Wob: The Definitive Encyclopedia of NBA Weirdness
Pictured: Chris Kaman
- If you haven't been paying attention, the NBA gets weird on a nightly basis. Like, really weird.
- With the 2018-19 NBA season tipping off on Tuesday, Rob Perez details all the quirks that make the Association so captivating.
Basketball is X’s and O’s. It’s Mike Breen “BANG!”s. It’s drama on and off the court. It’s pulling up from 30 and knowing it’s going in before it even leaves the finger tips.
We could go on forever, we know all of this.
As the 2018-19 campaign tips off on Tuesday, it’s important to take a moment to appreciate the game we love and why we love it.
There is no right or wrong answer here, however, for me — it’s easy. This sport is so weird. Like, so damn weird.
I don’t know if it’s because I’ve been religiously watching/playing for upwards of two decades, but there are so many little intricacies that occur every night we see but we don’t see and now I am seeing them like I’ve been spoken to by a divine basketball being looking to spread the word of #WeirdNBA.
I know how ludicrous that sounds, so let me explain and illustrate because the list has gotten so long, I feel compelled to share it so you can indulge in the experience during the upcoming season.
Join me down the rabbit hole. This is the Weird NBA Encyclopedia.
The Ballbonic Plague
The disease that has spread rampant across the league like a scene out of “The Walking Dead,” it’s rare to go a full night without witnessing the strangest NBA subtlety in the wild.
Here’s how it works: When the game is over but the clock hasn’t hit zero yet, the winning team, more often than not, dribbles out the final seconds.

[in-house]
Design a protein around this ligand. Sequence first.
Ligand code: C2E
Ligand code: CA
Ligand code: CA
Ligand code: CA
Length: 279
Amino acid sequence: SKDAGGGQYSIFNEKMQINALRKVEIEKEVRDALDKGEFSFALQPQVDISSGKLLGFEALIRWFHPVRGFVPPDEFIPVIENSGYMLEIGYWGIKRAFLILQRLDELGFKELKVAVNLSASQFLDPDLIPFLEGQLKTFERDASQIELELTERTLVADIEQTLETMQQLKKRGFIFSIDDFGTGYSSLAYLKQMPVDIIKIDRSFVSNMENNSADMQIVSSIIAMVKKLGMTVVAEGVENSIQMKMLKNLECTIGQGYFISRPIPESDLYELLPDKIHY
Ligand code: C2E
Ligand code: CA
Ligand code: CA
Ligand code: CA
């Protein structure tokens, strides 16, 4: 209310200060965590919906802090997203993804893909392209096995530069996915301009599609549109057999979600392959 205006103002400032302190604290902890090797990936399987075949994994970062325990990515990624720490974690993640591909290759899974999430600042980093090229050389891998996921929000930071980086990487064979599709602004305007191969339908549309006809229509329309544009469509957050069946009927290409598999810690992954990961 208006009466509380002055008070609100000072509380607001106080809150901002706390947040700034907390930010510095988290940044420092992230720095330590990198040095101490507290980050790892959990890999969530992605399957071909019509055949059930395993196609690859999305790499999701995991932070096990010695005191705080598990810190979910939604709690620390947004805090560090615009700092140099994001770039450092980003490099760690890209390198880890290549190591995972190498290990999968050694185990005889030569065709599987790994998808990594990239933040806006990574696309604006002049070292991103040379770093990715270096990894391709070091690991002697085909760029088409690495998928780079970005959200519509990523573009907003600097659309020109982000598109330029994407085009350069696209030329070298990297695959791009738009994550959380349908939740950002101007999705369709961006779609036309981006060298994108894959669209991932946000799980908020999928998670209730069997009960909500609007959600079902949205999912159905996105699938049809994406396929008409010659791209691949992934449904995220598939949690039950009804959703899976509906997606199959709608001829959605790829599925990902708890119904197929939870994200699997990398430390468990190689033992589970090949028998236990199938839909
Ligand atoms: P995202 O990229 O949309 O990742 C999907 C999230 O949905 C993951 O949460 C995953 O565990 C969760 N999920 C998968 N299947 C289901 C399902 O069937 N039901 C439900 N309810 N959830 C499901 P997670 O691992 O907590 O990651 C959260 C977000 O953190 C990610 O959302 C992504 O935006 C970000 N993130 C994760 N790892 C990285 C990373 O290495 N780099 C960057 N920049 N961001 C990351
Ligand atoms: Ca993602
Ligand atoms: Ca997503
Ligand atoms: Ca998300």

It’s disrespectful to score on an opponent that has surrendered so you’d think the player with the ball will just hand it to the ref and that’ll be that.
Negative. You see, the shot clock might still be on and if it is, that means it is going to expire before the game clock.
What happens next is called The Ballbonic Plague: Players will pass it around to each other like a game of hot potato so that they’re not the ones holding it when the buzzer goes off.
Why does this happen? I have absolutely no idea.
Do the players think they will get a shot clock violation turnover added to their statistics if they are the ones holding it when the clock hits zero? Because that’s not the case; it is recorded as a team turnover. So weird.
The perfect dunk. It doesn’t need to be a posterization, but when a defender is standing in the right spot at the right time after getting yammed on … DOINK!!! Right off the dome!
When players are synced up like an NBA2K animation screen but in real life…
Opening Tip Rituals
The NBA’s version of a touchdown dance, but after winning the opening tip.
The founder of the movement: Rajon Rondo
The Vice Presidents: Eric Bledsoe and Giannis Antetokounmpo
Free Throw Trolling
You’d figure free throws are as simple as a player stepping up to the line and shooting wide open 15-foot jump shots. Negative.
Opposing players will do whatever they can to break the free throw shooter’s concentration.